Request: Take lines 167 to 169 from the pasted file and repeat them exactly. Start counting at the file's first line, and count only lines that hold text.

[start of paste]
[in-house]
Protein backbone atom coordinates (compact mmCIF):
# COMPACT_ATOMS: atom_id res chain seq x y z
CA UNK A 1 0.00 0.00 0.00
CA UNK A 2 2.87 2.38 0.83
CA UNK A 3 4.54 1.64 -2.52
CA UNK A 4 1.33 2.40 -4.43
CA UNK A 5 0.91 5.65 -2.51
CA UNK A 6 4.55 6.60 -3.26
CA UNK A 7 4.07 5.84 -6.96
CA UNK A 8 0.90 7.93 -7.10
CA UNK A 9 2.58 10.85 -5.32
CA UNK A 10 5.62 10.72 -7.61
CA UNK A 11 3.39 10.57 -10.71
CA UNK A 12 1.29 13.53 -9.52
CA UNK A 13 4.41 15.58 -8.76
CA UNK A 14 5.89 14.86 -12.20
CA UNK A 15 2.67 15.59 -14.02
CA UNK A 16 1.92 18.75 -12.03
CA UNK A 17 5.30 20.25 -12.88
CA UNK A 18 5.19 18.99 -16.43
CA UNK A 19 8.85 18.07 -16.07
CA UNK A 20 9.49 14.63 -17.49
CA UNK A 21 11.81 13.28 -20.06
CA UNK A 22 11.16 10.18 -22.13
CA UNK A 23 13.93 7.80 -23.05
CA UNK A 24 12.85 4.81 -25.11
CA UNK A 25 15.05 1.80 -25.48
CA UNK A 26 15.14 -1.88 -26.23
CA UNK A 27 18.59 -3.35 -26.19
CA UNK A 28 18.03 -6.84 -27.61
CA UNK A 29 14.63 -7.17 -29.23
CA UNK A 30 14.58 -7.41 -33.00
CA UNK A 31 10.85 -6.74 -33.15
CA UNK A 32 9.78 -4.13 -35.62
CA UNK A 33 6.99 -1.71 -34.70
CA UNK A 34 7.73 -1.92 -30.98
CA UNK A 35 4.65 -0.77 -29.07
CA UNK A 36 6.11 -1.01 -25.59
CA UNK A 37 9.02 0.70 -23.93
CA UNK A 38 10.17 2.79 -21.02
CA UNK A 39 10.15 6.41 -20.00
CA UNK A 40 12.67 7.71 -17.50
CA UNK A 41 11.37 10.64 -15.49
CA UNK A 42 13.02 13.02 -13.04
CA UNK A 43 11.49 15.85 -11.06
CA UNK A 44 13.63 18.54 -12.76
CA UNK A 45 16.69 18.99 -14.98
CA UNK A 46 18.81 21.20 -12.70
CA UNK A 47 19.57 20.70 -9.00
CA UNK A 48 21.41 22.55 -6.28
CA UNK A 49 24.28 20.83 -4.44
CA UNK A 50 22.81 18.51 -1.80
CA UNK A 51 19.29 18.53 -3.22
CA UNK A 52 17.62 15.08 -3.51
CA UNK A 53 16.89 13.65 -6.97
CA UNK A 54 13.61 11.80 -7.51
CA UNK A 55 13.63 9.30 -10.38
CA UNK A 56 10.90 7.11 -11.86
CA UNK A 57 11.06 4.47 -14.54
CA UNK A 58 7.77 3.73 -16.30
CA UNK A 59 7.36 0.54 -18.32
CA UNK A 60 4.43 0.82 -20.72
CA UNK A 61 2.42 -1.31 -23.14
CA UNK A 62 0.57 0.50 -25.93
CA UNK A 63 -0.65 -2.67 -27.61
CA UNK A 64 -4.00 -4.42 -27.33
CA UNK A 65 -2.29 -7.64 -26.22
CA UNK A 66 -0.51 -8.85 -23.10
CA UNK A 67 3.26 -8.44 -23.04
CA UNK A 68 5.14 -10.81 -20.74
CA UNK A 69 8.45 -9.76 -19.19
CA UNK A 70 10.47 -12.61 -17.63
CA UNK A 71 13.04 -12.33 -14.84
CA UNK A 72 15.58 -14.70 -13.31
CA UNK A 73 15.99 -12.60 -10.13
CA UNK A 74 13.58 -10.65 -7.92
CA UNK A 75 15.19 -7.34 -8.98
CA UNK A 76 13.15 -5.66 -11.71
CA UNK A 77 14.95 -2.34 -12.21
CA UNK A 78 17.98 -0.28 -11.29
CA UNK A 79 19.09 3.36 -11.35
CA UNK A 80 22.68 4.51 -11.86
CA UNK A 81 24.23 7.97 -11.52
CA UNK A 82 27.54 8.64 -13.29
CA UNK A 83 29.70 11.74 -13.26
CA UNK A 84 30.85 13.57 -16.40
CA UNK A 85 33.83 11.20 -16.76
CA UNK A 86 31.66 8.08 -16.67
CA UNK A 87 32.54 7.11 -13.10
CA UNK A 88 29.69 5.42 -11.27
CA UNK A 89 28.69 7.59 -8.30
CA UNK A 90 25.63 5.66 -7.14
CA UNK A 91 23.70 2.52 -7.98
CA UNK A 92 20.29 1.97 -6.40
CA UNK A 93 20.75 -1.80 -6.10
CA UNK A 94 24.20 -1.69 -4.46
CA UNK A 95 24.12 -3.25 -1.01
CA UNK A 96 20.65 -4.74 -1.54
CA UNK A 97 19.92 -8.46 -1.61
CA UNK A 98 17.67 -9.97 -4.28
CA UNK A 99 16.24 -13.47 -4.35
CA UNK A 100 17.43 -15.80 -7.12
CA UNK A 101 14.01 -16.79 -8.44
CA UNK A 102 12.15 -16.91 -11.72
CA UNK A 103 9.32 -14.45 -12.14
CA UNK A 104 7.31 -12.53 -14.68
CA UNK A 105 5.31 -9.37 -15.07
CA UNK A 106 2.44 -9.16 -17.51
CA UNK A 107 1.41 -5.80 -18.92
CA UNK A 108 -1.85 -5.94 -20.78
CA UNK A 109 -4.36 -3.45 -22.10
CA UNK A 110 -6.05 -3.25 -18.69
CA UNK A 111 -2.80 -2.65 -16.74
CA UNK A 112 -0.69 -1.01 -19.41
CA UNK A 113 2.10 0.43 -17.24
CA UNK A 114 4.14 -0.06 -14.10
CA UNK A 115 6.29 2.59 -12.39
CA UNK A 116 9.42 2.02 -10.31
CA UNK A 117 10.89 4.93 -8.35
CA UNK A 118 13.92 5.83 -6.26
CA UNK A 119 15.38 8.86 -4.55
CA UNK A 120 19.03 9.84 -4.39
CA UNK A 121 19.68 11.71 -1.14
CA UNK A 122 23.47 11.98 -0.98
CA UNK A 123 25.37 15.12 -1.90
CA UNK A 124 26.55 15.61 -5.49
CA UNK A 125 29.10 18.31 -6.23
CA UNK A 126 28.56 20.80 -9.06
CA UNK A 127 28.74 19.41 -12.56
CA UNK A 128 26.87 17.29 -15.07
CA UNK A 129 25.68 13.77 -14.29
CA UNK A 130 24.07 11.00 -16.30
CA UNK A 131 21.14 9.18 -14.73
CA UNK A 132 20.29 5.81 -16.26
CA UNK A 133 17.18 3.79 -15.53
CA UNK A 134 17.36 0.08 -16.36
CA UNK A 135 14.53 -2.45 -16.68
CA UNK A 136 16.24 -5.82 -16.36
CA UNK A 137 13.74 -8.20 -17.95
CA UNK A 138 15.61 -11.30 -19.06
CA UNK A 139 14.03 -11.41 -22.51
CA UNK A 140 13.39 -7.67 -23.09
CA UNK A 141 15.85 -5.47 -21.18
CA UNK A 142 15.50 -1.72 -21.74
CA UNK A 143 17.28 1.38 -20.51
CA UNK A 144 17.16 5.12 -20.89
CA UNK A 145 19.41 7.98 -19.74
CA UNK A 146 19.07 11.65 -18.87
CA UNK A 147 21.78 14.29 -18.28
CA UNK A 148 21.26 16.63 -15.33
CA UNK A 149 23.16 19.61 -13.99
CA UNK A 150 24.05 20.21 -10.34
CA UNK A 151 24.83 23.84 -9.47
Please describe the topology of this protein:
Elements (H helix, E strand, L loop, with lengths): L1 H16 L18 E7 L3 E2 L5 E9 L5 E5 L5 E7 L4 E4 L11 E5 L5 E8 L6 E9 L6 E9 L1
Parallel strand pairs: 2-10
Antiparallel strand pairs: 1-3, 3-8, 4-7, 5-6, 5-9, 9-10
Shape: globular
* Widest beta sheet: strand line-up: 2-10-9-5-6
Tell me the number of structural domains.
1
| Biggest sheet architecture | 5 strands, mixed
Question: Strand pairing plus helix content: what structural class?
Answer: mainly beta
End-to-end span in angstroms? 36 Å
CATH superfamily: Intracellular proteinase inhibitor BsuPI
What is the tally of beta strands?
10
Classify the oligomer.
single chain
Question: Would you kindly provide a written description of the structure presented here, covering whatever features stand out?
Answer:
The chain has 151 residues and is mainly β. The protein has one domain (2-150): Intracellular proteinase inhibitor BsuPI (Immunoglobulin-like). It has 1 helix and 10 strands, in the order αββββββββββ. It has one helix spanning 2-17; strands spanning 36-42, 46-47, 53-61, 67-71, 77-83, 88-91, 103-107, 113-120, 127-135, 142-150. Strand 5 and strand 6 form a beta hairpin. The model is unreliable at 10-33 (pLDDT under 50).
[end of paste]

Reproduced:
CATH superfamily: Intracellular proteinase inhibitor BsuPI
What is the tally of beta strands?
10